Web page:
The Power of Political Athletes to Puncture Privilege
I have a second cousin by marriage, let’s call him Frank. He’s a white guy who lives in a middle-class exurban enclave and thinks about politics about as often as he thinks about particle physics—never. He’s not rich and he’s not poor. Like a lot of folks in this country, he works as an independent contractor in a job so boring I can’t even describe it without getting drowsy. He’s a great dad and he plays fantasy football and that’s about it. When the Ferguson protests began after the killing of Michael Brown, he didn’t talk about it, post about it, and when I would talk to him, it was clear that he was not thinking about it. It was like asking him for his opinion about life on Mars, something completely beyond anything that he saw as relevant. This is in and of itself a form of both class and race privilege. Frank does not have to worry about how he or his son has to act around a police officer. He does not have to consider how the country where he lives, pays taxes, and votes sees black lives as disposable. Even the death of Eric Garner, in all its video horror, was something that he did not notice. Then athletes started to raise their hands on the football field in a “hands up don’t shoot” gesture. Then his son and daughter’s heroes, people like LeBron James, Kobe Bryant and many more, wore T-shirts with Eric Garner’s last words, “I can’t breathe.” Then the sports radio shows that he listens to when driving—he is in his car about four hours a day—started debating whether or not it was “appropriate” for these kinds of political gestures to take place on the court.
All of a sudden, against his will, Frank—sitting in his car—had to mentally engage with why a group of wealthy athletes (some who make more than Frank will see in a lifetime) would stick their necks out and stand with the families of Eric Garner and Michael Brown. He had to reckon with why it was so personal to them. Frank went home and actually watched the video of Eric Garner being killed. To put it mildly, it messed with his head. Now he is angry. He is angry at the police and he is angry at a system that polices black communities with a level of violence he has never had to see or experience. In other words, Frank is waking the fuck up.
This is a deeply underdiscussed aspect of the importance and power of athletes speaking out against police violence, wearing the “I Can’t Breathe” shirts and raising their hands high in front of the cameras. It forces people—white people to be specific—who are not on Twitter, who don’t engage with politics, and who in our deeply segregated society only actually “see” and acknowledge black and brown people on television, to confront a distinctly different set of life experiences. It also speaks to why black and brown athletes have historically always been policed by the media and sports owners for their political statements. It’s not the power of their words as much as the power of their reach.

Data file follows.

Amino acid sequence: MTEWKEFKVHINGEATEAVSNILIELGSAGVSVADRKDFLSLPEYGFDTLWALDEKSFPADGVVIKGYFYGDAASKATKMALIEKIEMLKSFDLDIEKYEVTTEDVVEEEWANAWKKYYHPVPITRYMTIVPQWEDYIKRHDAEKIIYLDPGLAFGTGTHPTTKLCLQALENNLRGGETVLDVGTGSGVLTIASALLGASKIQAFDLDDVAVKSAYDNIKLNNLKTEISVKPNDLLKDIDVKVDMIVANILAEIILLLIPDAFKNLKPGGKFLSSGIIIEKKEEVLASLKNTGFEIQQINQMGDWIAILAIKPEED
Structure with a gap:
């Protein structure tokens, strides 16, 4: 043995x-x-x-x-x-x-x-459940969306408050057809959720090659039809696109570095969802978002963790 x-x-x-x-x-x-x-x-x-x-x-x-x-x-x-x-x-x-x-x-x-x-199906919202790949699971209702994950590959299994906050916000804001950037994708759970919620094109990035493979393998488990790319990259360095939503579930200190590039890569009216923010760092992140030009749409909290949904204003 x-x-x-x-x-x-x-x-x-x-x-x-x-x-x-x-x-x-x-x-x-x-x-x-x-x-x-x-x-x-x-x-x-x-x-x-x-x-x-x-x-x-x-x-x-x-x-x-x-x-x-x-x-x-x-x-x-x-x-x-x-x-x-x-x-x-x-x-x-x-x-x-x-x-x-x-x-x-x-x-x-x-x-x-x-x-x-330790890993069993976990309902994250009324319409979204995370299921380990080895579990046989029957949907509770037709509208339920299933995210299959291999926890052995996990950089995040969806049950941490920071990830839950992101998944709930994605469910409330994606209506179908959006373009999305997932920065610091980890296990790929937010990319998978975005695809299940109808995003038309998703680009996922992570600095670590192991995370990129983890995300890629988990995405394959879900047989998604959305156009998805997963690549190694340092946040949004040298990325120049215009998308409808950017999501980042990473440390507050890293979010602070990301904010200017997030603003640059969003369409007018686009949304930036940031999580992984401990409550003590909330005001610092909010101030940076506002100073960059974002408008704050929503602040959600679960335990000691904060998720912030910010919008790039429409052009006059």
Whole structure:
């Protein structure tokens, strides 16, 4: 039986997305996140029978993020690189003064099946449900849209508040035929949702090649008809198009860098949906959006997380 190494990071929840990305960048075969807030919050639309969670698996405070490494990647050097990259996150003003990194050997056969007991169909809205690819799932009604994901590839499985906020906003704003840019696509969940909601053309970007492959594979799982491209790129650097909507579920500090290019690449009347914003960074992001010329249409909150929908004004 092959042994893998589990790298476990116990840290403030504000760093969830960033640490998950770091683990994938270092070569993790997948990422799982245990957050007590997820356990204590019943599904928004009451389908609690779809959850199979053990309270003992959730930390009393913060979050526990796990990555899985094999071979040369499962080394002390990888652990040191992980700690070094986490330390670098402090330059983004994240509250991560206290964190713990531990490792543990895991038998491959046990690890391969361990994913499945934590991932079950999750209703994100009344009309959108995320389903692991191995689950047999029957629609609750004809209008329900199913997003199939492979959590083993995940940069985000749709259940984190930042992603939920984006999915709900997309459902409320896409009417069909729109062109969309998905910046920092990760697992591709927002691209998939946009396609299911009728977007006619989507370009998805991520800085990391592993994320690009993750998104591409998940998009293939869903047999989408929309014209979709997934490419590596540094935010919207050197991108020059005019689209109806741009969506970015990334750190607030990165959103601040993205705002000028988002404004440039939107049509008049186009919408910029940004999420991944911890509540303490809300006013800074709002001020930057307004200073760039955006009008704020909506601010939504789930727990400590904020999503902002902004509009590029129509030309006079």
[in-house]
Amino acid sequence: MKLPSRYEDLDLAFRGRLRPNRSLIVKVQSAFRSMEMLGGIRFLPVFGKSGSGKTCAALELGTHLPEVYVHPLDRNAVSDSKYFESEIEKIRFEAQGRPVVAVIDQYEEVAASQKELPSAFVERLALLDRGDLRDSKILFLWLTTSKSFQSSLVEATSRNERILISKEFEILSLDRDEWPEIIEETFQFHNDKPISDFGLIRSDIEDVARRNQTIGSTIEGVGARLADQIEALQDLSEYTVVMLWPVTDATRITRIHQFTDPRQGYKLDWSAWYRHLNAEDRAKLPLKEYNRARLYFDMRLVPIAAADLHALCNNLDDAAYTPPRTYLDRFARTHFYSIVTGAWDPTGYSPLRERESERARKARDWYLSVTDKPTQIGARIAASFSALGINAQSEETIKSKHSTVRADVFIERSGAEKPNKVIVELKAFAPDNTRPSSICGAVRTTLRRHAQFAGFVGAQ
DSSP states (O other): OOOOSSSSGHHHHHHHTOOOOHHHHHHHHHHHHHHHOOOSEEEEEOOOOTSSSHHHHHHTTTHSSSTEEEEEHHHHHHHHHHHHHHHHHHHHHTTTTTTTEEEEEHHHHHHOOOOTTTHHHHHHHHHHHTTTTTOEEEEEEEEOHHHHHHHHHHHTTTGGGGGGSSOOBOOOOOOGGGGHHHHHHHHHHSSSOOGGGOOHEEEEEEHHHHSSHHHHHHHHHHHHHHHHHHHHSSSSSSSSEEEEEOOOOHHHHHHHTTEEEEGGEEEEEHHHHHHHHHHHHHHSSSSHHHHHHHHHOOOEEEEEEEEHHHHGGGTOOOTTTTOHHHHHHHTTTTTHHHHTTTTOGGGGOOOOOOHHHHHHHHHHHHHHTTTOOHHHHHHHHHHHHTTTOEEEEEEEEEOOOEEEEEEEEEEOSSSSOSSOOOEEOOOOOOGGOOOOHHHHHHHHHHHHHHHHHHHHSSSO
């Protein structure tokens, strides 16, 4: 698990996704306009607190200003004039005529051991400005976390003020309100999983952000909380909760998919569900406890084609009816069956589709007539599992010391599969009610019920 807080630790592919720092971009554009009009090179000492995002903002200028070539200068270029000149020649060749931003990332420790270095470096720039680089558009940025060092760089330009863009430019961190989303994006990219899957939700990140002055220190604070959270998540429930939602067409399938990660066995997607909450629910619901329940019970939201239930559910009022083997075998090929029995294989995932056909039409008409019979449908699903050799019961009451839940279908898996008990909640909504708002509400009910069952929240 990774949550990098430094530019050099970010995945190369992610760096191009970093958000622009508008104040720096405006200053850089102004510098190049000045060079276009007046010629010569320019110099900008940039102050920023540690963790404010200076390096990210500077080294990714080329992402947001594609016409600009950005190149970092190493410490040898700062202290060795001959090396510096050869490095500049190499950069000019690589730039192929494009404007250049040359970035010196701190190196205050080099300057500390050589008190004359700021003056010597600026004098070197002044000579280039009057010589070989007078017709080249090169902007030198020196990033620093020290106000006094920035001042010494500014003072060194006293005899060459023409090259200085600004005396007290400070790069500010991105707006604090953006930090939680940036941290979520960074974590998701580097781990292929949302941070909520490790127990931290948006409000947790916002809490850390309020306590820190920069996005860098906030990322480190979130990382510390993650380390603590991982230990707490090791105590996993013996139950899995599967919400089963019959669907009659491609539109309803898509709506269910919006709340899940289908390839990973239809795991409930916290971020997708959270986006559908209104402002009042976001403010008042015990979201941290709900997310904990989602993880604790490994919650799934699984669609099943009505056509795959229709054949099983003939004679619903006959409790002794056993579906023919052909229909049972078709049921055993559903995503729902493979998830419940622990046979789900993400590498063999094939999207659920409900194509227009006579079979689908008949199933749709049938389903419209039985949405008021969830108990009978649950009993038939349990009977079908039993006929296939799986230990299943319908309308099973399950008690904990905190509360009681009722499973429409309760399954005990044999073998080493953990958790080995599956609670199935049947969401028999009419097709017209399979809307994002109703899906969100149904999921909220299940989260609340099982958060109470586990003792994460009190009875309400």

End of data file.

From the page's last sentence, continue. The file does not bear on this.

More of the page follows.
The great Indian writer Arundhati Roy once said, “…in the midst of putative peace, you could, like me, be unfortunate enough to stumble on a silent war. The trouble is that once you see it, you can’t unsee it. And once you’ve seen it, keeping quiet, saying nothing, becomes as political an act as speaking out. There’s no innocence. Either way, you’re accountable.” Frank, in his 30s, has lost his innocence and is starting to feel accountable for the state of this world and the kind of existence he is prepared to hand over to his children. He has asked me what he can do, where he can give money and how, as a white person, he can offer the kind of solidarity that would actually make a difference. I tell this story so people who may already be part of the movement can see the power of bringing this movement into athletic spaces. We need to keep offering support and solidarity to any athlete who stands with this struggle and says, in the words of Rams wide receiver Kenny Britt, “My kids’ lives matter.” We also need to keep marching and doing die-ins in front of basketball arenas on NBA game day, as has happened in DC, Brooklyn and Portland, among other places. Bring this movement to fans. Force people to reckon with worlds that they do not inhabit. We won’t reach everyone. Some will respond with the ugliest possible reaction for daring to invade on their sacred sporting space. But some will also actually “hear” for the first time in their lives. By breaching the walls of the sports world, we can puncture the ultimate privilege in our society: the privilege of blissful ignorance.